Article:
49 Cowichan groups urge local governments to declare climate emergency

49 Cowichan groups urge local governments to declare climate emergency

Local governments are told they are “where the rubber hits the road” when it comes to doing anything

A group representing 49 agencies in the Cowichan Valley called on elected officials representing five local governments (CVRD, North Cowichan, Duncan, Lake Cowichan and Ladysmith) to declare a climate emergency.

A letter, endorsed by labour unions, churches, non-profit societies and residents associations and a petition containing the signatures of more than 600 local residents demanded that local government act more directly on what’s happening.

While climate disruption is a global challenge, it affects everyone. That’s why, says Jane Kilthei of One Cowichan, “local governments across the island (including the Capital Regional District, Nanaimo, Victoria, Sooke, Colwood, Equimalt, Sidney and Saanich) have declared climate emergencies, as well as hundreds of other communities across Canada.”

She’s keen to get more action going locally.

“In speaking with the letter’s signatories, it is clear to us that people throughout the Cowichan Valley are deeply concerned about the accelerating climate crisis, including the impacts we are already experiencing locally.”

The request to local government was issued July 3, and called for “dramatic acceleration on climate change.” Local government, the letter claims “is where the rubber hits the road” on this tough subject, reminding that “the most vulnerable among us will be most affected.”

“Energy use, particularly for transportation…comprises our largest block of emissions here in the Cowichan Region,” the letter tells elected officials.

Boards’ and councils’ decisions may also help determine how much stored carbon is left on the landscape in trees and soils. And local governments have to deal with climate impacts such as increased drought and flooding.

“Our municipal infrastructure was built based on conditions that are now shifting rapidly,” she said.

The politicians are being asked to do more than “declare a climate emergency”, however.

They are being asked to “follow through to take our community from options to positive changes actually rolling out on the ground.

“We urge you to act boldly, as the hour is late,” the letter concludes.

Chief William Seymour said the Cowichan Watershed Board has talked extensively about this issue.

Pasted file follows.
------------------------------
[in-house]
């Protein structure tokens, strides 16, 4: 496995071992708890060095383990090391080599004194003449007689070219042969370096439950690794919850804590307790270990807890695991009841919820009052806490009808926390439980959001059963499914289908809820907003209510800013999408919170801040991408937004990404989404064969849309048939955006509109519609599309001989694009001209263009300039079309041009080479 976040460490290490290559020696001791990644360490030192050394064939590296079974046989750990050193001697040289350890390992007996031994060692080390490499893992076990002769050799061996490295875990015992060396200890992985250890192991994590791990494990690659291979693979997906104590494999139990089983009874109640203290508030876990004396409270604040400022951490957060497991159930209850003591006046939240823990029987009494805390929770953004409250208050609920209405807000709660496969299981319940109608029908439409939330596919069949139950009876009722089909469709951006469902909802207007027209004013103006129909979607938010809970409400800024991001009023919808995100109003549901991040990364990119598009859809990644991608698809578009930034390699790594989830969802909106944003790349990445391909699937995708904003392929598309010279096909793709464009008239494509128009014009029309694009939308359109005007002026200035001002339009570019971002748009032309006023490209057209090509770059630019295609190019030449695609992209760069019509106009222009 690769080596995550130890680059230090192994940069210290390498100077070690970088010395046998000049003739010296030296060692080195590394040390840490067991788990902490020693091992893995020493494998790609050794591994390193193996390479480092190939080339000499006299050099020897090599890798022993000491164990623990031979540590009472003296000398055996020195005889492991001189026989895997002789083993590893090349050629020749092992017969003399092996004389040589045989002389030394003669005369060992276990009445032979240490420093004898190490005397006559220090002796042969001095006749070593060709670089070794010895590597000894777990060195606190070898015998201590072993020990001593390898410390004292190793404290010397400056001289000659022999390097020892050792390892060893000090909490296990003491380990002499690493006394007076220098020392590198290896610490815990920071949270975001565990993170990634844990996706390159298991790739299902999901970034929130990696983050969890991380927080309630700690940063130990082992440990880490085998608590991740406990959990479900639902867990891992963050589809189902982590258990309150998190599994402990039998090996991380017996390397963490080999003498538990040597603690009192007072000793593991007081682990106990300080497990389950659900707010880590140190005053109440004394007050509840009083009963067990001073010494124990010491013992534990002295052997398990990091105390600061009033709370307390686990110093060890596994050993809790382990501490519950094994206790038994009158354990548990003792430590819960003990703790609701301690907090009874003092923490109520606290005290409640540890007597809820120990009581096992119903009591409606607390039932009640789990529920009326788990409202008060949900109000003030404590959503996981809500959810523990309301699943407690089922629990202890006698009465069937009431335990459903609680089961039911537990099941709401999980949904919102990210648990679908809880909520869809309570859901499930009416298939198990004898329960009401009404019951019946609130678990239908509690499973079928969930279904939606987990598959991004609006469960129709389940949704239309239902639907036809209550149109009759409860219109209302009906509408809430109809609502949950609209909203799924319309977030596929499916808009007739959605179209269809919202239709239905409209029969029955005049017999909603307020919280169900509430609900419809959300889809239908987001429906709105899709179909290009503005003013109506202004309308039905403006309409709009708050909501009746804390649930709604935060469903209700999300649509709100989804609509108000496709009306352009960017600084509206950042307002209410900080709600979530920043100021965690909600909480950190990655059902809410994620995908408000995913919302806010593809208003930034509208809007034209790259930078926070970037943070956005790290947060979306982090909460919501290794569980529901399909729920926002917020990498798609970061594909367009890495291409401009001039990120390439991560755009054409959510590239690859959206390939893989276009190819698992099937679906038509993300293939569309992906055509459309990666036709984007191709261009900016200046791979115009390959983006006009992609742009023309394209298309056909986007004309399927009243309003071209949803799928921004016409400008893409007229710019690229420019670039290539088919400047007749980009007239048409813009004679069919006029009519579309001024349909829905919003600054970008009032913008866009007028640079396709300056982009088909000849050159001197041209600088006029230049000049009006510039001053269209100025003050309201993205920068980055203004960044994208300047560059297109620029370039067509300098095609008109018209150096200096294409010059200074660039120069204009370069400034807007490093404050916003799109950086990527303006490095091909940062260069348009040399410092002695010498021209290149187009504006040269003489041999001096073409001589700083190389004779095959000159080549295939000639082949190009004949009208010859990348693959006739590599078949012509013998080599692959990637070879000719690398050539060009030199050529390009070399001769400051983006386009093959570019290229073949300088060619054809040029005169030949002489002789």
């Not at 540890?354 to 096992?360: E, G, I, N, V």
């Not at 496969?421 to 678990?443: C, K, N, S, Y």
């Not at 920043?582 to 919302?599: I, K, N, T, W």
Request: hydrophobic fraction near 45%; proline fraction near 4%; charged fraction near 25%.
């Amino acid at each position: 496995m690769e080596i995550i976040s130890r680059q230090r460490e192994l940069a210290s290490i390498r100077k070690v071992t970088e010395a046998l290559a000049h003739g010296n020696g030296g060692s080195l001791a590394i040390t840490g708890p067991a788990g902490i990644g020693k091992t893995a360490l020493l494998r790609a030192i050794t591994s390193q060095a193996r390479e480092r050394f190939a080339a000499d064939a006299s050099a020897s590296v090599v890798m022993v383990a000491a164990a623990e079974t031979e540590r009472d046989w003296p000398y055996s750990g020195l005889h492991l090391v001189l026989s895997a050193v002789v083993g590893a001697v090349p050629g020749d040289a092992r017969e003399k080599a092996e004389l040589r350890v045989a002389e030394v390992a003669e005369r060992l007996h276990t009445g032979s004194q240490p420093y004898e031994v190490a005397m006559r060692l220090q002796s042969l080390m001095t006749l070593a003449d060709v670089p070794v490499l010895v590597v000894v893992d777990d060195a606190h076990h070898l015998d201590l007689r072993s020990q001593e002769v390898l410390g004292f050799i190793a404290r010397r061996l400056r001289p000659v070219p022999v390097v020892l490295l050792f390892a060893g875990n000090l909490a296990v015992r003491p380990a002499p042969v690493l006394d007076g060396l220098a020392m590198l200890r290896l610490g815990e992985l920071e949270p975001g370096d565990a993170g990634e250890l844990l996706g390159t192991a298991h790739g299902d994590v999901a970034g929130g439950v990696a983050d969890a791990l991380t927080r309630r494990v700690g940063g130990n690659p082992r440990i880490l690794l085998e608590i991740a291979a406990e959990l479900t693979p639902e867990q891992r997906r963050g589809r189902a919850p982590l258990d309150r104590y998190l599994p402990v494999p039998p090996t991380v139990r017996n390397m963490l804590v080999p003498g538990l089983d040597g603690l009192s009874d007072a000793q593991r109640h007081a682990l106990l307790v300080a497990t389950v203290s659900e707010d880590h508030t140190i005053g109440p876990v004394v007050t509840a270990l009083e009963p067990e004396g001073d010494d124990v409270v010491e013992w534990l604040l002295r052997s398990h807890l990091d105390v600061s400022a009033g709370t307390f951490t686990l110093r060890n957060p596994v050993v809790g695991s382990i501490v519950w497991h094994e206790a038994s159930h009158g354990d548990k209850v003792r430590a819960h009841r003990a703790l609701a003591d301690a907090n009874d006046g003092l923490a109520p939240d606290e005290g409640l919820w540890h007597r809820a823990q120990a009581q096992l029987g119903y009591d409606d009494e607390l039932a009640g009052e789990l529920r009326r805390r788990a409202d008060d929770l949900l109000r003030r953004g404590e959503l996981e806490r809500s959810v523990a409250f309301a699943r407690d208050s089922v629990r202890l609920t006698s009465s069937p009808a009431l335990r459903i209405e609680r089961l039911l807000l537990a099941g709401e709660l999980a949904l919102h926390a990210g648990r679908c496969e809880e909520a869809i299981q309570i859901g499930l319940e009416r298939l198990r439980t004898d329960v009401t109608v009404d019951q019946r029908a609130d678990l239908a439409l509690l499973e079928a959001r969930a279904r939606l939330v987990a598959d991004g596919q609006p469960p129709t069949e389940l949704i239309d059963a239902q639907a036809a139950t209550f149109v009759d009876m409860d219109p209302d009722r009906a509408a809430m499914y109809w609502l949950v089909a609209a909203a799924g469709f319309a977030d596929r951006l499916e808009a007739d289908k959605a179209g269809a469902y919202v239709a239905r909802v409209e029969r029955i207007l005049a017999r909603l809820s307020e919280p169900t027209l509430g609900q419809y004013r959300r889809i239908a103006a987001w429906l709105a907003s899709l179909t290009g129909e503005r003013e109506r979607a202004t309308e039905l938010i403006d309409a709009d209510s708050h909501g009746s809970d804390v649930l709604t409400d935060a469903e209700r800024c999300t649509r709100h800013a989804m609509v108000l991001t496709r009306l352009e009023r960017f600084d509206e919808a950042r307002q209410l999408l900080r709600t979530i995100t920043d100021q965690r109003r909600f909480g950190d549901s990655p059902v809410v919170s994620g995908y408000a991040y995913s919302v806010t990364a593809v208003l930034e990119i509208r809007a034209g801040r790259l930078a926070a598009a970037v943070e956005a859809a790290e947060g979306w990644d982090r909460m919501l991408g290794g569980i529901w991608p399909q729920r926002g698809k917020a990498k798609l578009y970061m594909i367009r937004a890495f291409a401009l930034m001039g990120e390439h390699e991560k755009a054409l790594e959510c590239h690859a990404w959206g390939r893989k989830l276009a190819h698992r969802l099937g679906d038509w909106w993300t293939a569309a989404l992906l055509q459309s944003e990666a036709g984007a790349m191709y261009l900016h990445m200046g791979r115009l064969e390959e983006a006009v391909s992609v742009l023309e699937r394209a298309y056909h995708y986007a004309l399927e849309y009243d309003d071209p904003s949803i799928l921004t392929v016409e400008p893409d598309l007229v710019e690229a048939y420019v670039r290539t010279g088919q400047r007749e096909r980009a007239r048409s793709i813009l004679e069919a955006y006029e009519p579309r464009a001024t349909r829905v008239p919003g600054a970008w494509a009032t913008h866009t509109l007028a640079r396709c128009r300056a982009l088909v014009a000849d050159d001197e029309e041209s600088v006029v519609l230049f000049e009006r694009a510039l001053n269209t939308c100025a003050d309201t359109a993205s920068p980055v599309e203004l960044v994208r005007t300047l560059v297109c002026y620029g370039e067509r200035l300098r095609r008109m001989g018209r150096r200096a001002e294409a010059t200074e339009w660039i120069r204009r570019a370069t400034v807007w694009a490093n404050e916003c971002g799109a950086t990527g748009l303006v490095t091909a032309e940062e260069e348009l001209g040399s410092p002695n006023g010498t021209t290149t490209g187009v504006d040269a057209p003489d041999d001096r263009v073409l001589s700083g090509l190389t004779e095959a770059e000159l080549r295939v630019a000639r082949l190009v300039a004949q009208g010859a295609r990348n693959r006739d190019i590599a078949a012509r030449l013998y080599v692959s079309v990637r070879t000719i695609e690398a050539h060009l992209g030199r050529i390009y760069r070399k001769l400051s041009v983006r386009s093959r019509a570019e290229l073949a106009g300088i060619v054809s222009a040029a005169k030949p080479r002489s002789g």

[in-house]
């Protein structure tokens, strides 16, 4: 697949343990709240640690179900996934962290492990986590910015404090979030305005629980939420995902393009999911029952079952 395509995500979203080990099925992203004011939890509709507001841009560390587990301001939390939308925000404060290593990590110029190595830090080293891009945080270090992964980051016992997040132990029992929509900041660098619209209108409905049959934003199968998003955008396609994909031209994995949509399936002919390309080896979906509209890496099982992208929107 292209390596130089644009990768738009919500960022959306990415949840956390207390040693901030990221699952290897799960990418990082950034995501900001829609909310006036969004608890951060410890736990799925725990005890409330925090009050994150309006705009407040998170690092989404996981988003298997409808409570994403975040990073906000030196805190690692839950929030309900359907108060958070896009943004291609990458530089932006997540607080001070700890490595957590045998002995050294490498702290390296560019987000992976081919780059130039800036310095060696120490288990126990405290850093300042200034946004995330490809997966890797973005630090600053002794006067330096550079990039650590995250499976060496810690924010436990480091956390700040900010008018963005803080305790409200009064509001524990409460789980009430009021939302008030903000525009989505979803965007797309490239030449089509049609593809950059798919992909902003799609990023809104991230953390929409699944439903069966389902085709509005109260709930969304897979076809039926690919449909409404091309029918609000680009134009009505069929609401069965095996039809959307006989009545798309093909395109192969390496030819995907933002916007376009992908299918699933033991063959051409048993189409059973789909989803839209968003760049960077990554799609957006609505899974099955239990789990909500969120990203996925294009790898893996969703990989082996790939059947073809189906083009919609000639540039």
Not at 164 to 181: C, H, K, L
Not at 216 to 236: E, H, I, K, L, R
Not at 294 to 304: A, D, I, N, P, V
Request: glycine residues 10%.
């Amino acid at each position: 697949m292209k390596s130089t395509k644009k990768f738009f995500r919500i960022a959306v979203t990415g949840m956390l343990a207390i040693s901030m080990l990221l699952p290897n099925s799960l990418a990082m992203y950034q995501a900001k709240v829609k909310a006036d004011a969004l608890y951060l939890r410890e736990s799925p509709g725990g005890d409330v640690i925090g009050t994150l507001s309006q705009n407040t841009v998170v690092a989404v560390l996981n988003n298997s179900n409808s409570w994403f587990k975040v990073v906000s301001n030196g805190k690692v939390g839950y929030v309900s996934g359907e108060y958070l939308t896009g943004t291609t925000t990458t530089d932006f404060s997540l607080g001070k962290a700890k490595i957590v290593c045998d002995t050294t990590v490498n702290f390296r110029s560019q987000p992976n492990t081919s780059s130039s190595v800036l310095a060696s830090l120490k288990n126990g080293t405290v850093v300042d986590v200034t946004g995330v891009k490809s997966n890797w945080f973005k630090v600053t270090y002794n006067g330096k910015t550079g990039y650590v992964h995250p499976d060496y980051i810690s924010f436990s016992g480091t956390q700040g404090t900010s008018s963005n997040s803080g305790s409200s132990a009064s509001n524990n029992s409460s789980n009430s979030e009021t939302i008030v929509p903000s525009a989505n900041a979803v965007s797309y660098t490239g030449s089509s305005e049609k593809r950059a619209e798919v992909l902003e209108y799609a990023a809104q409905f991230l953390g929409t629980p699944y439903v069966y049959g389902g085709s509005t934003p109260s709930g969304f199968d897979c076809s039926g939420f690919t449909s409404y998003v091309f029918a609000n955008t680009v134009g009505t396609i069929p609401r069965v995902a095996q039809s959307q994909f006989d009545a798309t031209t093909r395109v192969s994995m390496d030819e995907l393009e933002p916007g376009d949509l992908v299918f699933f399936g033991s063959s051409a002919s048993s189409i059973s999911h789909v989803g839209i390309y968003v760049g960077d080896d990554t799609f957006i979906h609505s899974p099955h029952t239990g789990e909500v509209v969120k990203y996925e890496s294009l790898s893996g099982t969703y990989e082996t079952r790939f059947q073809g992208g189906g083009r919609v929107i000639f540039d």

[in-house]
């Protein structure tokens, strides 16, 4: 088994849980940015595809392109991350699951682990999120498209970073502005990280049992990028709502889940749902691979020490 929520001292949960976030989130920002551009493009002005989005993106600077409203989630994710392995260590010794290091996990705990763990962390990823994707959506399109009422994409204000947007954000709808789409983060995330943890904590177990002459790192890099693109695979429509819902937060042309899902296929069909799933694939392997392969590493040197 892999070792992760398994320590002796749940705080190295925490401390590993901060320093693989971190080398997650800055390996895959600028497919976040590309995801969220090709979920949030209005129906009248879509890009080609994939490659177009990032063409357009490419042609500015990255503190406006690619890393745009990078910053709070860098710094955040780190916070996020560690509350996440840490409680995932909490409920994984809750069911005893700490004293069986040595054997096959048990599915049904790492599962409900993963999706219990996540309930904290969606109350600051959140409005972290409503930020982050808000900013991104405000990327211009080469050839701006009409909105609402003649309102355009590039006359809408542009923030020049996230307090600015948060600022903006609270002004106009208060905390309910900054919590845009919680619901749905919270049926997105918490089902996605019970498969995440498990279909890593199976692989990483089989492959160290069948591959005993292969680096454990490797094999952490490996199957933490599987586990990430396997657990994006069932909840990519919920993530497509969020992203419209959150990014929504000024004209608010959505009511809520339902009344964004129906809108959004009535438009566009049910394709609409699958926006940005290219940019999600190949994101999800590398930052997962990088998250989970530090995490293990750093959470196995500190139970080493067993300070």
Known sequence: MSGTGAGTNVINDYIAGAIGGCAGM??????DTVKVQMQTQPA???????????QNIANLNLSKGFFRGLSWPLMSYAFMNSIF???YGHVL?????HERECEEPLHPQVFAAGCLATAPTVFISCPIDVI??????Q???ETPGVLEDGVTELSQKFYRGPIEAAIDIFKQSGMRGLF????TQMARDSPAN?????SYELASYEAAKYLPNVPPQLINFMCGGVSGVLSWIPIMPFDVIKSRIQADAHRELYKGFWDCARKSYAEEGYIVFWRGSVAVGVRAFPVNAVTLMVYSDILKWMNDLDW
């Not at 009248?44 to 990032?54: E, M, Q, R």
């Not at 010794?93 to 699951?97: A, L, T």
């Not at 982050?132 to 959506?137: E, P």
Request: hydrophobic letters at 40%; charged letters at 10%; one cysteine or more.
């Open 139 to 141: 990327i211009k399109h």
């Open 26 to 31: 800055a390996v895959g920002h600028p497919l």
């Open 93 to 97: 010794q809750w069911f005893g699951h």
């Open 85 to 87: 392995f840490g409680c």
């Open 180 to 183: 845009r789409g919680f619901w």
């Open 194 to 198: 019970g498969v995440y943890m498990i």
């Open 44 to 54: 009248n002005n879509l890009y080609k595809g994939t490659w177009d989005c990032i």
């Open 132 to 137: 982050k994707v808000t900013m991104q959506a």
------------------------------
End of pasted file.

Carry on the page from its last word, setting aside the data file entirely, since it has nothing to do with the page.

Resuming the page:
“We do need to push our leaders and government to look seriously at what we can and can’t do. What I consider today is an emergency: my fish are going to be gone!

“The water is not there. There are so many things that need to happen. We look at Lake Cowichan, that’s a good place to start. That’s our reservoir. You look at all the tributaries that feed that lake and there’s only one that’s running right now and that’s Shaw Creek. There’s nothing there.

“There’s a lot of gravel in those tributaries. We know where the gravel comes from and why it’s there. It’s the clearcutting that happened. If you head down from Lake Cowichan to Cowichan Bay, it’s the same with the river, all the tributaries are dry now.

“The lake used to get low before the weir went in. I was told that. But when the water went down, the tributaries kept flowing into the river. Now there are no trees to hold back water. So, when it rains, it goes straight into the creek, the creek goes straight into the river, washing all the gravel down and blocking up the creek so that nothing can get up there any more.

“So, there’s a lot of work to do on those tributaries, on the river. Cowichan Tribes has been fighting for sustainability in our rivers since the early 1980s. We’ve actually shut down fishing on our river to our community members when the river gets low. We’re looking at July to October for them not being able to fish. And that’s not fair to our community members,” Seymour said.

Plant life is also affected, Seymour said.

“Our trees are slowly drying. A lot of our plants — salal is a good example — they’re brown now. Those are the kinds of things we need to look at,” he said.

Kilthei said One Cowichan had a strategy session in the spring.

“Climate change was big in everybody’s mind. The UN report last October outlined how much more quickly the climate crisis is moving. We’ve had droughts year on year and this one just seems so much dramatically worse. The awareness is much stronger and people, when I talk to them, have feelings ranging from anxiety to despair. They want to see action on all levels of government but particularly on the local level.”

So, what action might we see?

“We’re not saying that local government hasn’t done anything. There’s been some good research done. There’s been some award-winning climate action plans, and things just need to move faster and stronger in order to be meeting the response that’s called for in the level of climate breakdown we’re seeing,” she said.

For Kilthei, “the biggies” are land use, housing developments, and transportation.

Housing developments may not spring to your lips when you’re talking climate change but Kilthei thinks they should.

“The problems of large lots, large houses, distance from services. Maple Bay is an example. You can’t actually access services of almost any kind: local groceries, local pharmacies. People are having to drive to those kinds of things. Transportation really is an issue. We need to not only work on densification and making it easier for families to live together, but there are all kinds of things in terms of smart building codes, requiring permeable driveways so the water gets back into the water table,” Kilthei said.

From detail to full scene, development needs a close look.

“Those are the kinds of things that are going to reduce our carbon footprint.”

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